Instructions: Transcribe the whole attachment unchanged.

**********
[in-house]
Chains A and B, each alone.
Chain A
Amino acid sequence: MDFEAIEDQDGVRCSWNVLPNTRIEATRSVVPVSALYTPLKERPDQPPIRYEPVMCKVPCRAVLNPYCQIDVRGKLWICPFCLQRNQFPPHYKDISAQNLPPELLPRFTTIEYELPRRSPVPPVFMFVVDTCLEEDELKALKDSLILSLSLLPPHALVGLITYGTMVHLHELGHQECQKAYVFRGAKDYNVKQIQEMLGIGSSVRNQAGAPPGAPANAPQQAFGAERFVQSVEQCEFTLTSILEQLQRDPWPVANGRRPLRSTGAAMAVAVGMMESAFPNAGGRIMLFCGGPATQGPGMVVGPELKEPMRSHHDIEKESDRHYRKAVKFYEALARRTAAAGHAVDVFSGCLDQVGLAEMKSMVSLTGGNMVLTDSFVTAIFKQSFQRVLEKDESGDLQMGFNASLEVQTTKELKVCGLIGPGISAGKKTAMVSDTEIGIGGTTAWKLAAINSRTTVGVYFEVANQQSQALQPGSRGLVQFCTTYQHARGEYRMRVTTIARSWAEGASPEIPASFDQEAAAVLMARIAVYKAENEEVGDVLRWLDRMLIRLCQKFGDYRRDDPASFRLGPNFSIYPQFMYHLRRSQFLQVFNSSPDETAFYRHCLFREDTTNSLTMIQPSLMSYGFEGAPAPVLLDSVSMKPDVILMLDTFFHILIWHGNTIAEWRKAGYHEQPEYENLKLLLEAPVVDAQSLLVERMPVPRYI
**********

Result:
[in-house]
Chains A and B, each alone.
Chain A
Amino acid sequence: MDFEAIEDQDGVRCSWNVLPNTRIEATRSVVPVSALYTPLKERPDQPPIRYEPVMCKVPCRAVLNPYCQIDVRGKLWICPFCLQRNQFPPHYKDISAQNLPPELLPRFTTIEYELPRRSPVPPVFMFVVDTCLEEDELKALKDSLILSLSLLPPHALVGLITYGTMVHLHELGHQECQKAYVFRGAKDYNVKQIQEMLGIGSSVRNQAGAPPGAPANAPQQAFGAERFVQSVEQCEFTLTSILEQLQRDPWPVANGRRPLRSTGAAMAVAVGMMESAFPNAGGRIMLFCGGPATQGPGMVVGPELKEPMRSHHDIEKESDRHYRKAVKFYEALARRTAAAGHAVDVFSGCLDQVGLAEMKSMVSLTGGNMVLTDSFVTAIFKQSFQRVLEKDESGDLQMGFNASLEVQTTKELKVCGLIGPGISAGKKTAMVSDTEIGIGGTTAWKLAAINSRTTVGVYFEVANQQSQALQPGSRGLVQFCTTYQHARGEYRMRVTTIARSWAEGASPEIPASFDQEAAAVLMARIAVYKAENEEVGDVLRWLDRMLIRLCQKFGDYRRDDPASFRLGPNFSIYPQFMYHLRRSQFLQVFNSSPDETAFYRHCLFREDTTNSLTMIQPSLMSYGFEGAPAPVLLDSVSMKPDVILMLDTFFHILIWHGNTIAEWRKAGYHEQPEYENLKLLLEAPVVDAQSLLVERMPVPRYI